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The Liverpool Detective Agency: The Case of the Amnesiac Striker

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Mario Balotelli's form on Merseyside hasn't been what fans and management had hoped for, and it's up to private investigator AJ Joven to sort through the evidence and solve the case of the amnesiac striker.

Alex Livesey

I wake up to the garish caress of the sun and a buzzing in my ear. It's Monday and I'm not sure where I am, but as the buzzing won't stop I suppose I'll have to give in to it eventually. I force my eyes open against the wishes of my pounding head. It's been over two weeks since I nabbed Injury - only to watch him walk out of a court room thanks to some slick lawyering. Now I'm in a hotel room I don't recognize, out on the West Side, and about the only thing I'm sure of as my vision clears and the frayed carpet and stained curtains resolve themselves is that this room isn't made for sunny mornings any more than I am.

Picking up the phone seems my only option. My mouth scrapes and mumbles, tongue more intent on turning over the taste of something dead at least a week than formulating coherent sounds, but in the end I manage something resembling a greeting. An old, familiar voice comes back.

"AJ, it's me, Q," says Ian.

"Ian," I say, "how many times have I told you to drop the code name? Just tell me what you've got."

"It's another case," he says. "One of our strikers seems to have lost his memory..."

He trails off and I can hear a grown man making motorcycle noises in the background. I manage to get his attention, and he tells me he's already sent the details. I tell him I'll check, but the motorcycle noises are back and I doubt he hears me. I've got another case to crack.

The Case

Ian's email is straightforward enough:

Victim: Mario Balotelli. Since signing with Liverpool, the forward has only scored twice in all competitions and seems to have lost his identity, operating as a playmaker in the center of the pitch.

It seems my job is to figure out how to jog his memory in time to keep the LFC keyboard warriors from pulling their metaphorical knives out.

The case vexes me as I review tape of the best of his recent performances, starting with the second half of last weekend's match against Hull City. The movement and skill are all there on offer, but the final product is missing. Fitness doesn't appear to be a concern, with pace, strength, and skill all on show as he completes a full 90 minutes, nearly netting the winner at the death. And yet, when on the pitch, he continues to sag deep and show the propensity to make runs at a defense as opposed to being a traditional target-man.

Something's not adding up. A pounding at my door snaps the world back into focus and leaves me to staring at a sealed package at my doorstep but no soul in sight. Inside, a glossy 8x10 of Rickie Lambert and an old VHS tape. I'm intrigued. I also haven't seen a VCR in years, though a quick glance around the room reveals an ancient television on the dresser, complete with a rectangular slot below its screen. One advantage of a room that's been left to decay since the Premier League was formed, then, at least on this occasion.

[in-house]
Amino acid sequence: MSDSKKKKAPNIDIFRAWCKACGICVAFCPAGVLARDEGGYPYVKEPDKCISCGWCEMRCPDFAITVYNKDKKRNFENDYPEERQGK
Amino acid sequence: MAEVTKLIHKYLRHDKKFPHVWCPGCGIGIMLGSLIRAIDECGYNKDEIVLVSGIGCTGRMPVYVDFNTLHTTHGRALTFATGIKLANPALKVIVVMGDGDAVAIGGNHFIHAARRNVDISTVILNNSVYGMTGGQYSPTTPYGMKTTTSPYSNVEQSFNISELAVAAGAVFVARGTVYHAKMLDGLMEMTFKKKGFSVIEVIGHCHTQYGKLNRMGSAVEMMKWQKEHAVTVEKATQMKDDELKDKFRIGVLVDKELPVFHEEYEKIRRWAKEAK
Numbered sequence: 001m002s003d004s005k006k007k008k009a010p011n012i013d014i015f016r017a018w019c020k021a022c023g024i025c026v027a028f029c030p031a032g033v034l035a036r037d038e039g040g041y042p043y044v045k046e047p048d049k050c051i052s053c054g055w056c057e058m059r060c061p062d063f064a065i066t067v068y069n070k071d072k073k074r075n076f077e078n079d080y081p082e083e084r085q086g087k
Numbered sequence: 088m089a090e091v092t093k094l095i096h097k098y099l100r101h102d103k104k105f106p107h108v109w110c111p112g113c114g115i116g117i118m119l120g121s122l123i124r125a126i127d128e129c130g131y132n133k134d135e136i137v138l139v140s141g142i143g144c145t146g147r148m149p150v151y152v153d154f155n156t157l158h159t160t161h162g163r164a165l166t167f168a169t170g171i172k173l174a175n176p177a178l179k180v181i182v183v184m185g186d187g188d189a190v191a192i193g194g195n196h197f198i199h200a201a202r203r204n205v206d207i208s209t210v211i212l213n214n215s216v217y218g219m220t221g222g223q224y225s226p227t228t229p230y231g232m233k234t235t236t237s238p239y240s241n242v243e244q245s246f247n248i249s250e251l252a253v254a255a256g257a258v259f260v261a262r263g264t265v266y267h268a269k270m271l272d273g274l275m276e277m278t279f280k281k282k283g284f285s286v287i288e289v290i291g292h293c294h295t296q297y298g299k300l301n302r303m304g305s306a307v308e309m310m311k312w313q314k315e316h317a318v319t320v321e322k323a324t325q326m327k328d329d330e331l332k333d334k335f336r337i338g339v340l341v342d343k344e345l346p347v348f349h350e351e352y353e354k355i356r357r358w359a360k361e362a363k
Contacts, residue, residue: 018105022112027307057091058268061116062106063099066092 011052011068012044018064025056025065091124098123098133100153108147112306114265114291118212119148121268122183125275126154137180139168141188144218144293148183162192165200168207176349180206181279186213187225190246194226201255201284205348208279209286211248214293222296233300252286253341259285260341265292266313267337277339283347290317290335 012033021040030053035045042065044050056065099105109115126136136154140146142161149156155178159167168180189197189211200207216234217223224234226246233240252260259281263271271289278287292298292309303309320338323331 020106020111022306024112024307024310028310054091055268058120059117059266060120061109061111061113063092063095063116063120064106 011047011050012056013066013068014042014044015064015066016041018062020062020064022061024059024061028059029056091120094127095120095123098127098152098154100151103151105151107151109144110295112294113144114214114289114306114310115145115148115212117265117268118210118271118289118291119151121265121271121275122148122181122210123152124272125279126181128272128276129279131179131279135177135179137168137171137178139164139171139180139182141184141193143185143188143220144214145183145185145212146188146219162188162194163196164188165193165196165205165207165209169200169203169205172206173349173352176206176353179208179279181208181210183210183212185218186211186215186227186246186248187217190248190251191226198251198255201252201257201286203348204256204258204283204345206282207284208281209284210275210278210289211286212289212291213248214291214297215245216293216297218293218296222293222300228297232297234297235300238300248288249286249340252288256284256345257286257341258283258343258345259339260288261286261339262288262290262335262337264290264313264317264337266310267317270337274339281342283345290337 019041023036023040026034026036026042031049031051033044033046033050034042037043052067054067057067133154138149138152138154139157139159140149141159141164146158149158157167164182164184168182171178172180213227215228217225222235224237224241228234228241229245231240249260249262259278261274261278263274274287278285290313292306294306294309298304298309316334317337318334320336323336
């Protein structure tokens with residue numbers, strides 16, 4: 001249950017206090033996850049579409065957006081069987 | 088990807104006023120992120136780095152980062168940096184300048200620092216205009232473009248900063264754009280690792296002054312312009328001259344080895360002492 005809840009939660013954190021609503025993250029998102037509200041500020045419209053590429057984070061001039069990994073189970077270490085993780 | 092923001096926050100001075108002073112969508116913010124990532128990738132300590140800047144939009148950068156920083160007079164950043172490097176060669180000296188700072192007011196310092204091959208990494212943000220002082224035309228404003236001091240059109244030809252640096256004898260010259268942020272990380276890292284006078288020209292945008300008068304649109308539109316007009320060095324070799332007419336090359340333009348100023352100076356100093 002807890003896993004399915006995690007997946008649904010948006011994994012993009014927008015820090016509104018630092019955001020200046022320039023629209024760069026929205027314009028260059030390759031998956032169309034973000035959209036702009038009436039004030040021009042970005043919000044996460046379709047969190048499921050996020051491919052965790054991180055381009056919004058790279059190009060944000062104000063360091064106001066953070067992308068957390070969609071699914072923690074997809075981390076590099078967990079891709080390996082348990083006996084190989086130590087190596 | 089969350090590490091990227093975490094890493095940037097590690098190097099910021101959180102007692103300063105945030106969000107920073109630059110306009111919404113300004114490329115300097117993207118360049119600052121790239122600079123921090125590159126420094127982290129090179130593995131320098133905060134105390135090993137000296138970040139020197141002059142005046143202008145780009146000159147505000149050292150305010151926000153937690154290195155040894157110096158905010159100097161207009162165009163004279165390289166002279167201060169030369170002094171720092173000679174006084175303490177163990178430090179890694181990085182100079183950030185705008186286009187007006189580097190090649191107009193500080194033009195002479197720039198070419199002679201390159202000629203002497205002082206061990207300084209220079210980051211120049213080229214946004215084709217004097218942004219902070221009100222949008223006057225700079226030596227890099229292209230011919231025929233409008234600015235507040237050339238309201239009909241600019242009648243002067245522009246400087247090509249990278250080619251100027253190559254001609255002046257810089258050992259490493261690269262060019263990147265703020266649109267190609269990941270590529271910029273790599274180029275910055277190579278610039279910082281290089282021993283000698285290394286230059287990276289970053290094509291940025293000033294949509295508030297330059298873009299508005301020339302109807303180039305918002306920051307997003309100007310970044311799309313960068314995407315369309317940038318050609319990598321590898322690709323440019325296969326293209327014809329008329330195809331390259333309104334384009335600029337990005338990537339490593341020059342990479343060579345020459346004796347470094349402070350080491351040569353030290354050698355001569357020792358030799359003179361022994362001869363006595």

I fire up the tape and it becomes clear that the introduction of Rickie Lambert does seem to coincide with a positive uptick in the offensive performance, Balotelli included. No, the 24-year-old Italian doesn't suddenly change his style or work to find new angles of attack. Rather, he continues to take up many of the same spaces as before, but now there is someone to fill the spot in front of the opposition center-backs, clearing space for those runs and allowing him to eventually contribute a great chance near the end - a cross from the left of goal, across the face in the box - as well as to get into spaces that gave him a look at goal.

The FourFourTwo chalkboard for the second half of Hull City also reveals something else: Balotelli seems to be more at ease cutting in from the left onto his right foot. Coupling this along with the tactical change, it's clear that Balotelli is not suited to the lone striker role - not because he isn't a striker, but because he very well could be suited to featuring as a wide forward.

Conclusion

Looking at Balotelli's attributes, it's clear that he likes to turn and face a high line. He also likes to attack open space and cut onto his stronger foot to create shots for himself or teammates. With his pace, technique and vision, he might even be the answer to how Brendan Rodgers can get two strikers on the pitch without playing two up top - put Balo wide left in an attacking three. And though his presence on the left could leave that flank exposed or create a tactical imbalance, forcing the midfield to focus on the space behind him to prevent counter attacks, it would at least allow him to use all of his tools to the best of his ability.

It's not that Balotelli has forgotten how to be a striker, it's that he never really was. Or at the very least that he was never a true, line-leading center forward - it's Brendan, not Mario, whose memory appears to need jogging. The evening light, far more forgiving to the worst flaws of the old hotel room, is quickly fading as I send my findings off to Ian. If he's done making motorcycle noises, hopefully he can get them where they need to go in time for it to make a difference.

Case Closed